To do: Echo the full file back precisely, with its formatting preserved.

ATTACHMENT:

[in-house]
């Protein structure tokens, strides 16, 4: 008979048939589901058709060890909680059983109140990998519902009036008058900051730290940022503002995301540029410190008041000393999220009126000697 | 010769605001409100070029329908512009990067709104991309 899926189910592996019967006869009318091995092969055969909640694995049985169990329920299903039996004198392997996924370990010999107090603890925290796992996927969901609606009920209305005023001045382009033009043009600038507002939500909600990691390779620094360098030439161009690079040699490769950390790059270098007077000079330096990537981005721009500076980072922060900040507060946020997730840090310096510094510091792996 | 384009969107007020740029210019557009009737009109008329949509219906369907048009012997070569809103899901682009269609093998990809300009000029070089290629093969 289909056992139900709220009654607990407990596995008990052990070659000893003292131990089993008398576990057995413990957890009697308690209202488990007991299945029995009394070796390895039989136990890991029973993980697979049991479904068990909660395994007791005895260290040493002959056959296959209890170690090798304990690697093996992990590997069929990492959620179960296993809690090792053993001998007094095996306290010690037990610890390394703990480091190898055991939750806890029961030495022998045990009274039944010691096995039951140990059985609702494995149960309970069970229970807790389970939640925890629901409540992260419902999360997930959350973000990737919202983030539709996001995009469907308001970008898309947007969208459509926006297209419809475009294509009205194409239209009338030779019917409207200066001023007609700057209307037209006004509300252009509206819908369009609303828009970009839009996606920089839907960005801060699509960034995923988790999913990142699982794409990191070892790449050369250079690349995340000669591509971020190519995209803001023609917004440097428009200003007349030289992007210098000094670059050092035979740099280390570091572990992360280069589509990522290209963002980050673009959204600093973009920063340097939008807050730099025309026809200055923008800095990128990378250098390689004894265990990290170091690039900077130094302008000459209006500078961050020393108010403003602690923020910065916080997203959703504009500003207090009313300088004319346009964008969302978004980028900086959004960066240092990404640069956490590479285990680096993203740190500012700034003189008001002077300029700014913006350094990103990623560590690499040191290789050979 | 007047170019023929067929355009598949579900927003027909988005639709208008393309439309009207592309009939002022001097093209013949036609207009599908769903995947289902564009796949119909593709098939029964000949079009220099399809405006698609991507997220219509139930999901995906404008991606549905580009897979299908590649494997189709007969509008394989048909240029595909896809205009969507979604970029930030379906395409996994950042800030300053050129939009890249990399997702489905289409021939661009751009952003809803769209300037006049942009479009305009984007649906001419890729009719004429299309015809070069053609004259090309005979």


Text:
[in-house]
């Protein structure tokens, strides 16, 4: 008979048939589901058709060890909680059983109140990998519902009036008058900051730290940022503002995301540029410190008041000393999220009126000697 | 010769605001409100070029329908512009990067709104991309 899926189910592996019967006869009318091995092969055969909640694995049985169990329920299903039996004198392997996924370990010999107090603890925290796992996927969901609606009920209305005023001045382009033009043009600038507002939500909600990691390779620094360098030439161009690079040699490769950390790059270098007077000079330096990537981005721009500076980072922060900040507060946020997730840090310096510094510091792996 | 384009969107007020740029210019557009009737009109008329949509219906369907048009012997070569809103899901682009269609093998990809300009000029070089290629093969 289909056992139900709220009654607990407990596995008990052990070659000893003292131990089993008398576990057995413990957890009697308690209202488990007991299945029995009394070796390895039989136990890991029973993980697979049991479904068990909660395994007791005895260290040493002959056959296959209890170690090798304990690697093996992990590997069929990492959620179960296993809690090792053993001998007094095996306290010690037990610890390394703990480091190898055991939750806890029961030495022998045990009274039944010691096995039951140990059985609702494995149960309970069970229970807790389970939640925890629901409540992260419902999360997930959350973000990737919202983030539709996001995009469907308001970008898309947007969208459509926006297209419809475009294509009205194409239209009338030779019917409207200066001023007609700057209307037209006004509300252009509206819908369009609303828009970009839009996606920089839907960005801060699509960034995923988790999913990142699982794409990191070892790449050369250079690349995340000669591509971020190519995209803001023609917004440097428009200003007349030289992007210098000094670059050092035979740099280390570091572990992360280069589509990522290209963002980050673009959204600093973009920063340097939008807050730099025309026809200055923008800095990128990378250098390689004894265990990290170091690039900077130094302008000459209006500078961050020393108010403003602690923020910065916080997203959703504009500003207090009313300088004319346009964008969302978004980028900086959004960066240092990404640069956490590479285990680096993203740190500012700034003189008001002077300029700014913006350094990103990623560590690499040191290789050979 | 007047170019023929067929355009598949579900927003027909988005639709208008393309439309009207592309009939002022001097093209013949036609207009599908769903995947289902564009796949119909593709098939029964000949079009220099399809405006698609991507997220219509139930999901995906404008991606549905580009897979299908590649494997189709007969509008394989048909240029595909896809205009969507979604970029930030379906395409996994950042800030300053050129939009890249990399997702489905289409021939661009751009952003809803769209300037006049942009479009305009984007649906001419890729009719004429299309015809070069053609004259090309005979």